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Speakers extol merits of ‘Trails & Tales’ program

By Staff | Aug 17, 2011

"Trails & Tales" program participants include, from left, Kristie Anders from SCCF, Alex Werner from the Sanibel Historical Museum & Village, Steve Greenstein from CROW, Becky Wolff from the J.N. "Ding" Darling NWR and Dr. Jose Leal from the Bailey-Matthews Shell Museum.

Of all of its many unique offerings and amenities, Sanibel and Captiva is home to five distinctive organizations which capture the essence of the nature-rich and environmentally sensitive islands.

The J.N. “Ding” Darling National Wildlife Refuge, the Clinic for Rehabilitation of Wildlife (CROW), the Sanibel-Captiva Conservation Foundation (SCCF), the Bailey-Mathews Shell Museum and the Sanibel Historical Museum & Village have formed a coalition called “Trails & Tales.”

“This alliance embraces the island’s rich preservation history and is dedicated to sharing this powerful message with visitors from around the world,” the organization’s website reads, in part.

On Thursday, representatives from each of the five entities delivered a PowerPoint program at ‘Tween Waters Inn explaining the mission of “Trails & Tales,” which program host Nancy MacPhee of the Lee County Convention and Visitor Bureau explained is dedicated to preserving the natural habitat and providing visitors with the opportunity to experience the island’s ambience, while at the same time gaining a greater appreciation for wildlife.

Becky Wolff, a ranger at the J.N. “Ding” Darling National Wildlife Refuge, noted that the preserve welcomes more than 620,000 visitors each year. She gave a brief history of the refuge and its founder, editorial cartoonist Jay Norwood Darling, who visited ‘Tween Waters for 20 years before building his own home on Captiva. Also one of the country’s most recognized conservationists, Darling helped establish the Sanibel National Wildlife Refuge in 1945. It was renamed for “Ding” following his passing.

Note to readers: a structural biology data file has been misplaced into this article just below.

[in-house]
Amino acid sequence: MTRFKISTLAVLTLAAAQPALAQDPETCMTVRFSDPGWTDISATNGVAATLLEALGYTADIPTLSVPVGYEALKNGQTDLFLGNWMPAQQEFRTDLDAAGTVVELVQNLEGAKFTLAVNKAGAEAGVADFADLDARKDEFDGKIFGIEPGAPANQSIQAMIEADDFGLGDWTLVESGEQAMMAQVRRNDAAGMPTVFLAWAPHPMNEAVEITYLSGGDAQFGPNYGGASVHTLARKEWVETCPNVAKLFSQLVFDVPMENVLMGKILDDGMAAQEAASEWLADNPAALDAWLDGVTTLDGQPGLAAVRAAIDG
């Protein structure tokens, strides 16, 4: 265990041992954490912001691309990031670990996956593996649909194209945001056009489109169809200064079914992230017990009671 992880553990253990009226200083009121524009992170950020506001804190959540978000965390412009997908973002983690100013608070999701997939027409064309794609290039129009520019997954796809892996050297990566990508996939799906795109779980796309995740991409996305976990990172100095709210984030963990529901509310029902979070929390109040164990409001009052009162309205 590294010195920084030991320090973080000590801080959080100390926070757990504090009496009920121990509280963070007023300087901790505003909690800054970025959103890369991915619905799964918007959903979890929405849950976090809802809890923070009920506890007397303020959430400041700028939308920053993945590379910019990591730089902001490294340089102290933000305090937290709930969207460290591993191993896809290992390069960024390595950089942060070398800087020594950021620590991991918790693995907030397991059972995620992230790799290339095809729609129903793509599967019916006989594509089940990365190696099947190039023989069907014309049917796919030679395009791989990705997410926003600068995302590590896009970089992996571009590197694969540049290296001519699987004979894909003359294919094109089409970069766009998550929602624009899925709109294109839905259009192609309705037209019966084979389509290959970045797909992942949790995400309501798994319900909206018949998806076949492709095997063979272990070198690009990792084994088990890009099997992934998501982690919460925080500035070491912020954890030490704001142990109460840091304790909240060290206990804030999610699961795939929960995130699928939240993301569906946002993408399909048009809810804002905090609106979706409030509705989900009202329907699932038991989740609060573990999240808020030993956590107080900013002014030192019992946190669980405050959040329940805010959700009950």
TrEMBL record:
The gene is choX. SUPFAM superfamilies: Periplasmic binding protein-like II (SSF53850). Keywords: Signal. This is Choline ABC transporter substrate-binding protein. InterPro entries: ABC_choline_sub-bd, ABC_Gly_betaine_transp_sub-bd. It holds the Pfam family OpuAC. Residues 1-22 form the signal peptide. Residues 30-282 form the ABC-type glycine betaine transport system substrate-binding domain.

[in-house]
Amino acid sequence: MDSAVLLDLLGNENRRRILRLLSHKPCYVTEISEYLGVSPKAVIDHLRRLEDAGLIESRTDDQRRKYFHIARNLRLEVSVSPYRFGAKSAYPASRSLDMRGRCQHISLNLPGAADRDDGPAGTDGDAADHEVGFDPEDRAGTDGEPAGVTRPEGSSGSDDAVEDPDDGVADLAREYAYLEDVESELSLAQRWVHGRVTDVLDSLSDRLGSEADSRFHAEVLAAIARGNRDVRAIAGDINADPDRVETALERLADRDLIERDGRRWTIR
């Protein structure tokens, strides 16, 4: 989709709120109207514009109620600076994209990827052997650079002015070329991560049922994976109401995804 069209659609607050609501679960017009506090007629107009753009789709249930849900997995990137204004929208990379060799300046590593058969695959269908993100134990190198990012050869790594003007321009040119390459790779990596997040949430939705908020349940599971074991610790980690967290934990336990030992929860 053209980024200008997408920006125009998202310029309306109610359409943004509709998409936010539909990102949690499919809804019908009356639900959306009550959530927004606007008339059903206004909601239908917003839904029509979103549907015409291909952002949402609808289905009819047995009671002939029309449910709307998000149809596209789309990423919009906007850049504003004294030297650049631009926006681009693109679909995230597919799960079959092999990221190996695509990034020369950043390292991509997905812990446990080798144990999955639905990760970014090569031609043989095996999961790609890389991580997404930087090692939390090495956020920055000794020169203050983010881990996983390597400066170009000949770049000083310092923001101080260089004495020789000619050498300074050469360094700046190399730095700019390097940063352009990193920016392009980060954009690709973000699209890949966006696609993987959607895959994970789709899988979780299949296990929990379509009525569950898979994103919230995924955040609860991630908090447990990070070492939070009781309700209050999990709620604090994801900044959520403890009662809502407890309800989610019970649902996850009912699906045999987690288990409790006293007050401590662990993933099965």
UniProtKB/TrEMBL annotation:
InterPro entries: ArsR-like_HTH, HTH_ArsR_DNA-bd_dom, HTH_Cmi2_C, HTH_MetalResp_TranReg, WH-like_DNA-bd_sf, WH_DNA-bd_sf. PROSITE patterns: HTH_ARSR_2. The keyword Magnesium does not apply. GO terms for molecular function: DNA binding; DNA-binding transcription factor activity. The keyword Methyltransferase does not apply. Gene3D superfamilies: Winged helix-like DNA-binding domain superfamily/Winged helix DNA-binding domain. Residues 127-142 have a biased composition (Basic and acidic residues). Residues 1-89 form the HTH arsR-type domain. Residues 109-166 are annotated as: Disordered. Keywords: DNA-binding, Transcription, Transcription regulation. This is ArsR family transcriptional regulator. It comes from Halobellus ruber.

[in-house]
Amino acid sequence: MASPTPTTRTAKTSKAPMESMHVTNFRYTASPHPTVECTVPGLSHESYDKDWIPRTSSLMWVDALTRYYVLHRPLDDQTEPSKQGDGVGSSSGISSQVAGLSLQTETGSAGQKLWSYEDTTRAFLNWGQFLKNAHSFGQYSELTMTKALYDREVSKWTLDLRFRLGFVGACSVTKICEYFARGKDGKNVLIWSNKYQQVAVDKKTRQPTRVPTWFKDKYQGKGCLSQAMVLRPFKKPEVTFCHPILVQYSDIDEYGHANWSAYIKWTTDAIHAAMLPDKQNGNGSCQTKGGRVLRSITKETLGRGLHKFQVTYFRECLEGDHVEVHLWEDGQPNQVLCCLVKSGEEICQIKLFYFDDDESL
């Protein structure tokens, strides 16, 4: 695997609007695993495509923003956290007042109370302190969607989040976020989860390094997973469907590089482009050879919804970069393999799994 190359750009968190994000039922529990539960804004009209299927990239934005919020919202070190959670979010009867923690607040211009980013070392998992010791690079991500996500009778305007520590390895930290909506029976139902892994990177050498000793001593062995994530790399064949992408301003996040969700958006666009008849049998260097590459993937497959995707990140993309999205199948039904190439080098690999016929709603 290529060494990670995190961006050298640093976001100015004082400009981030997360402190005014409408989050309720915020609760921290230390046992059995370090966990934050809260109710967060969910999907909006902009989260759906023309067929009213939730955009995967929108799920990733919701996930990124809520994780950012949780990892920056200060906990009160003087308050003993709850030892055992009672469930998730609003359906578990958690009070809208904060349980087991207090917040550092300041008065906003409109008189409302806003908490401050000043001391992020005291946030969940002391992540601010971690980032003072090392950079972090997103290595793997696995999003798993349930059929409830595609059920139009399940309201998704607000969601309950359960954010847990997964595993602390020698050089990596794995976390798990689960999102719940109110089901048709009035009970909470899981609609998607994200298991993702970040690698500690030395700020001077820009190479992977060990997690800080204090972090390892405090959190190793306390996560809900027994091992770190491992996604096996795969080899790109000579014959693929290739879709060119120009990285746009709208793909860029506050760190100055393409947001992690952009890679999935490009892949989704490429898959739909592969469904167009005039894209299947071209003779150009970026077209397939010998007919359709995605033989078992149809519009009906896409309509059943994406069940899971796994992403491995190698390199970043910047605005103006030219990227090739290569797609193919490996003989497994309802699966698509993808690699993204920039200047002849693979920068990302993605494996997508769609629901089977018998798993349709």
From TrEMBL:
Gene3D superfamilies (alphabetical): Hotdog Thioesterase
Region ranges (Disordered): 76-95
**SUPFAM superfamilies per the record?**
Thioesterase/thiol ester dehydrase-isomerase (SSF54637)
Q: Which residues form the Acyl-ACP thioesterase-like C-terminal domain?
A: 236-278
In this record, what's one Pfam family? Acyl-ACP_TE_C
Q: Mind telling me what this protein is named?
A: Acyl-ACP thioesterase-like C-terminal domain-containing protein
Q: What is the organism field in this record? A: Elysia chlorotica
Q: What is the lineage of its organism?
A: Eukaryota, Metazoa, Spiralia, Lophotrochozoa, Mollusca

Wolff also shared her favorite Native American proverb: “We do not inherit the earth from our ancestors; we borrow it from our children.”

Steve Greenstein, executive director at CROW, shared a couple of success stories about injured wildlife rehabilitated at the clinic before being released again. He explained how a visit to their Healing Winds Visitor Education Center offers “a glimpse of life through the eyes of our patients.”

Greenstein showed several slides depicting a river otter, found abandoned near the Orange River in eastern Lee County, brought in as a two-week-old newborn and released as a healthy, young animal in the same location it had been found.

Dr. Jose Leal of the Bailey-Mathews Shell Museum talked about the facility’s newest and most popular exhibits. He and his staff are dedicated to shell and mollusk education, environmental awareness and the promotion of collection-based research. Every fourth grader in the Lee County School District visits the museum each year, which was opened to the public in 1995.

Alex Werner, president of the Sanibel Historical Museum & Village, spoke about the Dunlop Road facility founded to preserve and share the history of Sanibel. He gave a brief history of the island, opened for homesteading in 1885, which was once one of the most successful farming communities in the southern United States.

Werner explained that it wasn’t until the arrival of New York developer Hugo Lindgren in the 1960s that the island’s population “exploded,” from approximately 90 full-time residents between 1927 and the late 1950s.

SCCF’s Kristie Anders talked about the foundation’s mission to keep much of Sanibel preserved and protected from overdevelopment. She shared a story about a 167-acre parcel, called Frannie’s Preserve, which was named by an anonymous donor whose wife had long been a champion for setting aside land for wildlife.

Together, these “Trails & Tails” partners hope to spread the word about their organizations to both area residents and out-of-town visitors.

“Please, help us be our islands’ keepers and honor the past,” added Anders. “What we do would be impossible without our volunteers. Part of the spirit of these islands is enjoying the preservation of nature and working hard to protect it.”

“Trails & Tales” is presented on the first Wednesday of every month at 9:15 a.m. in the Education Center at the J.N. “Ding” Darling National Wildlife Refuge, located at 1 Wildlife Drive. Admission is free but space is limited for this 45-minute presentation.

For additional information, visit www.sanibeltrailsandtales.org.